This autumn half term, The Point Arts Centre was the venue for a brand new and exciting ‘Vlogging’ workshop to help launch our new ‘Reading Champions’ project.
The idea behind this scheme is to encourage keen readers to be outgoing and enthusiastic about their love of books and reading, and to share this with other young people across their school and beyond. This could be done in a whole variety of ways: talking to their friends about what they enjoy reading, posting reviews, book recommendations and blog posts on the DBA website and displaying them around their schools, doing assemblies, etc. However, as this is most definitely the YouTube generation, we knew that our young readers would welcome the opportunity to create their own video blogs (vlogs) about the books and authors they love. The workshop was designed to build confidence, develop and hone their presenting skills and set them on their way to becoming YouTube stars of the future!
The day began with a small but very excited group of young people from four different primary schools gathered chatting on cushions on the studio floor. James from the Talegate Theatre Company, our workshop leader, introduced himself and his colleagues, and began by talking about what we mean by the term ‘vlogging’. He led a short group discussion about the key things to consider when planning a book vlog - speaking about different styles and backgrounds, whether it would work better as a straight talk to camera, or should perhaps include readings, music, or a piece of drama. It was immediately apparent that the children had plenty of ideas and lots to say!
James then showed two short and very different films as examples: one short and quite formal, where Hayley, an 8 year old, sat on a chair and talked to camera about the picture book Little Red Hot; and the second a much longer and more rambling film where the young presenter talked at some length about her love of the Wimpy Kid series, and included a short film of herself in a car with her two noisy brothers to illustrate part of the story. There followed a lively discussion where the children were encouraged to pick out and discuss what was successful about each film, to think about whether they had enjoyed the style, was it too long/short, was it interesting, did they learn something about the book, and crucially, did it make them want to read the book/s being discussed.
Then everyone was up on their feet and moving as they took part in a series of (somewhat frenetic!) exercises to loosen them up, remove inhibitions and get the creative juices flowing, which it certainly did! In the circle story-time which followed they created a magical tale of a goblin who was a prince in disguise, a cat called Perfect, a witch, a diamond princess, and killer potatoes! This exercise was also an opportunity to think about creating excitement and interest by using different tones and inflection in their voices, all of which would help when talking to the camera later.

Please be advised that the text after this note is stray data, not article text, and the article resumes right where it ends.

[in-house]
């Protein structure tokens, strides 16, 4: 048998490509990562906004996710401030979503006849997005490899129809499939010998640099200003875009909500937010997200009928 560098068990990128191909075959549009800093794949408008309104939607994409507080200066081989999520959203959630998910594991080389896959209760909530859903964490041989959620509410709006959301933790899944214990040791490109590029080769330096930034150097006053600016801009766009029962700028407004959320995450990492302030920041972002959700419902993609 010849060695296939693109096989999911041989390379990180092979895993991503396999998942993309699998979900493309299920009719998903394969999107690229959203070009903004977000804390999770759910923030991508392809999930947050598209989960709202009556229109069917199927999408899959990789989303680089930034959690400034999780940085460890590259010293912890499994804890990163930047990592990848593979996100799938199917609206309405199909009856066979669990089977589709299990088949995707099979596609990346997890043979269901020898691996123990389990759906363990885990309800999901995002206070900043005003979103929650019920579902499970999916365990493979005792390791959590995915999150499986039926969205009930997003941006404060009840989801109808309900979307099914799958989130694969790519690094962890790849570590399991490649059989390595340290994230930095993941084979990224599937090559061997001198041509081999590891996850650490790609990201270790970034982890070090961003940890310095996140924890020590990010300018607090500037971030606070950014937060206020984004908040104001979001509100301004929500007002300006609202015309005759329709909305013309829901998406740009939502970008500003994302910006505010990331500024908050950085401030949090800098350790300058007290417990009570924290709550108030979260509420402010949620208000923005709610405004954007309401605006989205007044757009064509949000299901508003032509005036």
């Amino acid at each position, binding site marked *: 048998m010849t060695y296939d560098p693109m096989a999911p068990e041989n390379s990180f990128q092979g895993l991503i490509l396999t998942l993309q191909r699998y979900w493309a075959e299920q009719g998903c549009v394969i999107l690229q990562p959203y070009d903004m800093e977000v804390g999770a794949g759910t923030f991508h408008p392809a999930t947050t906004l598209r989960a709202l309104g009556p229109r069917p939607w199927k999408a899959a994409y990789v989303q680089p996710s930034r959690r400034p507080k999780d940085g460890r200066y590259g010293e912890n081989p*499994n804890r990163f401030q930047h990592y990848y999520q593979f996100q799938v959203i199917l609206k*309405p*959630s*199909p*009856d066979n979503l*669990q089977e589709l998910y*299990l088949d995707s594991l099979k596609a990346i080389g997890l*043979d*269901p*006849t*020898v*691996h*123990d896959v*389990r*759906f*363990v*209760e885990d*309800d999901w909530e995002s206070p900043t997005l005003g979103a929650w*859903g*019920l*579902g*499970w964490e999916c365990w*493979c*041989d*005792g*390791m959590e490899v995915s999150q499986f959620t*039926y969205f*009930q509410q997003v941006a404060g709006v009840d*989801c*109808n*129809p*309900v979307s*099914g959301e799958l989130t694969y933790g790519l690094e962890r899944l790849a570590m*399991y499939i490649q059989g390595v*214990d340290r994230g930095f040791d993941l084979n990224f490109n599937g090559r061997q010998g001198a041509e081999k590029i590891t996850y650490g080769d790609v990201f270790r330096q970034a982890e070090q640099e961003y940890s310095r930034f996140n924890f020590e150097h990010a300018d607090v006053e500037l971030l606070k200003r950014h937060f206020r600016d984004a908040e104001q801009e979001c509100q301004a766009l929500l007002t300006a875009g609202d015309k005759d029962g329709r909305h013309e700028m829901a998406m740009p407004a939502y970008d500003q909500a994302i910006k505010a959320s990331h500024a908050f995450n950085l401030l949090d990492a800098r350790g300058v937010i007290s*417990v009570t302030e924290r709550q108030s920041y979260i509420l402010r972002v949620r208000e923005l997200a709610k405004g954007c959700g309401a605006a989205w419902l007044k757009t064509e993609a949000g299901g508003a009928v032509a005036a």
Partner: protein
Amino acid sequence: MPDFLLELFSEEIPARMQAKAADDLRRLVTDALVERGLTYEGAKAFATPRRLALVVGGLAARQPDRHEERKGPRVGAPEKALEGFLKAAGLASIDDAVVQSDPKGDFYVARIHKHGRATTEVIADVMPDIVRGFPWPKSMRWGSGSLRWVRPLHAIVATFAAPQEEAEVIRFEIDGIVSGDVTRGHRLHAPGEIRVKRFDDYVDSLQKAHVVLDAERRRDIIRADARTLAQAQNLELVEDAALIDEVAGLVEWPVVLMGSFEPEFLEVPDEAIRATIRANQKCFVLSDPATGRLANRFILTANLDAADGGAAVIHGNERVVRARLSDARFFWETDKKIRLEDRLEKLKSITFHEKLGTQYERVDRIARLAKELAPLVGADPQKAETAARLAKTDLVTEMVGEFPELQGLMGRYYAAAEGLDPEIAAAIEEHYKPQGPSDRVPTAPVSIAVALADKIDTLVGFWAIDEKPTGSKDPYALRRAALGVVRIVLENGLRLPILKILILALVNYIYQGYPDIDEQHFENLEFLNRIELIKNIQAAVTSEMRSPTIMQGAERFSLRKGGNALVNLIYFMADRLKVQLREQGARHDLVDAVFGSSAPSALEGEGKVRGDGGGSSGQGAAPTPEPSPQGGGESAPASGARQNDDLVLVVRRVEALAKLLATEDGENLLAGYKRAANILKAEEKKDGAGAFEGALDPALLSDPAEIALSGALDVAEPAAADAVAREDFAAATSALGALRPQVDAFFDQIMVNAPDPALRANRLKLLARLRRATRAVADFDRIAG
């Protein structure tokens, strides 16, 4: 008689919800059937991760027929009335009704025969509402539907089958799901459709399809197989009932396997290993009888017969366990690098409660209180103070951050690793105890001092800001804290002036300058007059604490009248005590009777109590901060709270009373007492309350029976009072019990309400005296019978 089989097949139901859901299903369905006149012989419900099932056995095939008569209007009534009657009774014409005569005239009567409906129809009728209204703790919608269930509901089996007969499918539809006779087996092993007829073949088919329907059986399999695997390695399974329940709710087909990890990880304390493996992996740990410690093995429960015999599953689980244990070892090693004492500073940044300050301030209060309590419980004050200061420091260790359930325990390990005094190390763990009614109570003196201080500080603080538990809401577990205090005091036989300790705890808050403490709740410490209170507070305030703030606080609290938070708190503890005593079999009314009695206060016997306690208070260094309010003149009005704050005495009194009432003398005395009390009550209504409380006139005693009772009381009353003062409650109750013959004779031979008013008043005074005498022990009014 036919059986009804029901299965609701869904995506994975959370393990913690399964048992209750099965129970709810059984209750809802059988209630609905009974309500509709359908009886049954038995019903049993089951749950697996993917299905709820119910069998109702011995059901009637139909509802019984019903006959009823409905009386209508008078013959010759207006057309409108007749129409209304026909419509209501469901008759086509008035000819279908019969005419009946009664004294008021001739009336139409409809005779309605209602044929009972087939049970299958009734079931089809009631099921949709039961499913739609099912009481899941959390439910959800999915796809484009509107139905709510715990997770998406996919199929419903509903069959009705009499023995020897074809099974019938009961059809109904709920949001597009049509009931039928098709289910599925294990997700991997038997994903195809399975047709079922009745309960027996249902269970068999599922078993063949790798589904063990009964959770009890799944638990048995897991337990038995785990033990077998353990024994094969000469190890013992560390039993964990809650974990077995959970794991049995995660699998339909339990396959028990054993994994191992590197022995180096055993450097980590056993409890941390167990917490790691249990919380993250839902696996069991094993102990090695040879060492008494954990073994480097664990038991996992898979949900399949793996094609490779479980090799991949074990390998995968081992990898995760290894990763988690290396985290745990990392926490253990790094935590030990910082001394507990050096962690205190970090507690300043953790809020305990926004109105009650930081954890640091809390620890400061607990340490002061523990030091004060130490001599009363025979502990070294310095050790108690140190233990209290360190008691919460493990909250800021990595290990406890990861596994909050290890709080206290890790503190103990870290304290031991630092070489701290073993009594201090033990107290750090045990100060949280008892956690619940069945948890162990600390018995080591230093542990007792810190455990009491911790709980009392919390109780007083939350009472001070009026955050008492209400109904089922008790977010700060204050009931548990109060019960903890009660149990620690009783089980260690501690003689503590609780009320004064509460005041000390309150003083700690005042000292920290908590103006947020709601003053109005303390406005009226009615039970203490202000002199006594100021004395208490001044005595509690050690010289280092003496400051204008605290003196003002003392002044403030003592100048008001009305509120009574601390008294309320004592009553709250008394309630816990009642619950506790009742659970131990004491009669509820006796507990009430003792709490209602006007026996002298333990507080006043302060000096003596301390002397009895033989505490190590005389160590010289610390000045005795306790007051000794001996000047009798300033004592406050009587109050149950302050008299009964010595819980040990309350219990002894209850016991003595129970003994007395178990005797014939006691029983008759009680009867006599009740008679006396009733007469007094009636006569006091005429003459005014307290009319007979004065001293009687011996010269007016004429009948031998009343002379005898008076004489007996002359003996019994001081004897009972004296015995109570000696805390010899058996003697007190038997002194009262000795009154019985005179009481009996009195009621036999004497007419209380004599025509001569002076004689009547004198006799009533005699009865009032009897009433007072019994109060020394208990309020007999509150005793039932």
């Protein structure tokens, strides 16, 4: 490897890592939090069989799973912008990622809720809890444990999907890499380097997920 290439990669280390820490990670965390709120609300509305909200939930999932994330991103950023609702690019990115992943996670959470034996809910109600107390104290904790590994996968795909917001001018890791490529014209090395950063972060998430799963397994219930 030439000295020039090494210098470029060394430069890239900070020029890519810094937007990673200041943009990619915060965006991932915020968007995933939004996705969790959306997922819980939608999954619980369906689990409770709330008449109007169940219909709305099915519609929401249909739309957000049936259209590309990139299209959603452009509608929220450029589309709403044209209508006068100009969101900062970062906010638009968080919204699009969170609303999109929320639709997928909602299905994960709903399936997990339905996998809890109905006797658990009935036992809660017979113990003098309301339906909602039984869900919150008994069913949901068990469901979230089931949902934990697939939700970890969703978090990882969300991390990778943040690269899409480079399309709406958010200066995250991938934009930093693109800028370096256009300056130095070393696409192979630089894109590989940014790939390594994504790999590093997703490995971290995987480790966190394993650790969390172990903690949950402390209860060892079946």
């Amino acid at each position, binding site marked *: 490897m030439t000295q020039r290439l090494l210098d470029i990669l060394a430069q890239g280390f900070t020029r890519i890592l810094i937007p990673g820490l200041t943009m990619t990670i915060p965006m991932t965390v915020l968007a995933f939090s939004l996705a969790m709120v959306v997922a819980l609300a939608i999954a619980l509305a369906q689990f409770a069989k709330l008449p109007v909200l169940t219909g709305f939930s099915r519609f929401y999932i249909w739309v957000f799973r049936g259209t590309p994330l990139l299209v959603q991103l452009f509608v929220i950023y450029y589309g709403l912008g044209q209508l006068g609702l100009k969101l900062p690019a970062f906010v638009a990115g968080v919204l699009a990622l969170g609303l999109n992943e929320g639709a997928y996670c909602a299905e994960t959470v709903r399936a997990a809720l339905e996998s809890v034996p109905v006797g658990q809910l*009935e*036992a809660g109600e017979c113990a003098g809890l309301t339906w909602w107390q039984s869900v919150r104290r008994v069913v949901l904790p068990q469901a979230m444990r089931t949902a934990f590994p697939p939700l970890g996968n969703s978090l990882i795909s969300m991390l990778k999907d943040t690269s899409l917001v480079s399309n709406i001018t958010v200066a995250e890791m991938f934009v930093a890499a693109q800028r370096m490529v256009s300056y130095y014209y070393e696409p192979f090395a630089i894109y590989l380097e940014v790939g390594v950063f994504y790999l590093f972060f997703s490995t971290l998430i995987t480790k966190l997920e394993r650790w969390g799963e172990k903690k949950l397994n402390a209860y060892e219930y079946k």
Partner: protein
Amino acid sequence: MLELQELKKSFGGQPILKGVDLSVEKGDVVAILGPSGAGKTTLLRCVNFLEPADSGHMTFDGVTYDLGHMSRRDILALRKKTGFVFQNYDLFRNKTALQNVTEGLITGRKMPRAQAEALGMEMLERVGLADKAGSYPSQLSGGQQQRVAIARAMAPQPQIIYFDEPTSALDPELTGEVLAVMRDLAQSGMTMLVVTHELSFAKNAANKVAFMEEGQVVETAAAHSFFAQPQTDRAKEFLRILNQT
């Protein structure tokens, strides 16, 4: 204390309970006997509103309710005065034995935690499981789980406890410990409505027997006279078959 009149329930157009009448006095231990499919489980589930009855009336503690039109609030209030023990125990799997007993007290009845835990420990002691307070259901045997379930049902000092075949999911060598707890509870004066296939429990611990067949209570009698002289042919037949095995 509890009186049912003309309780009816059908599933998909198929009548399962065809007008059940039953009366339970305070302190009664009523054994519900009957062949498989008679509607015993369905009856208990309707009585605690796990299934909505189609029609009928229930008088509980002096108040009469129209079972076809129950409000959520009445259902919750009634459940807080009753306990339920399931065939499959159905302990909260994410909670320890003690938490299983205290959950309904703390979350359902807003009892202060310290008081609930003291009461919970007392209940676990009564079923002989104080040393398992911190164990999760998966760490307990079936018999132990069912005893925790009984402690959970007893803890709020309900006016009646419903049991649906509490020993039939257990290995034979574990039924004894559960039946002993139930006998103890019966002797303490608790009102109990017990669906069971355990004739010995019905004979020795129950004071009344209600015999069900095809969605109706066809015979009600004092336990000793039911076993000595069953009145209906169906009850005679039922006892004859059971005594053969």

At this point the children chose their books, which were very varied, ranging from The Famous Five to the Tom Gates title Dog Zombies Rule (for now!) and, guided by James, they began to plan the storyboards for their individual films. They jointly decided that each vlog would start with them introducing themselves and telling their age and where they came from. They would then show the book they wanted to talk about, say something about what it was about and why they liked it so much. Most of the children also wanted to include a short piece of drama illustrating their favourite part of the story so we had great fun allocating parts and practising these!
After a short lunch break, it was time for filming of each child speaking to camera. This was great fun and showed the children the importance of practice and of being very clear about what they wanted to say! Then it was a quick rehearsal and the filming of their dramatized excerpts. James and his team began to edit the results and we were able to view the rough cuts of each vlog and discuss them as a group. For a first time, they were pretty impressive!
The whole day was great fun and all the children worked really hard while at the same time enjoying themselves immensely! I’d like to thank them on behalf of the DBA committee for their participation and infectious enthusiasm. I’d also like to thank James, Lorna, Simon and Tom from Talegate for a really fantastic workshop.
The next step will be to create a new page on this website for our reading champions - and others - to upload blogs and comments, and where we will also post links to the children’s films. The ones we created at the workshop should be available to view here within a week or so. We also hope to run another vlogging workshop in the near future, so keep an eye out and book your spot. I look forward to meeting more of our prospective reading champions very soon.
Secretary, Doncaster Book Award Committee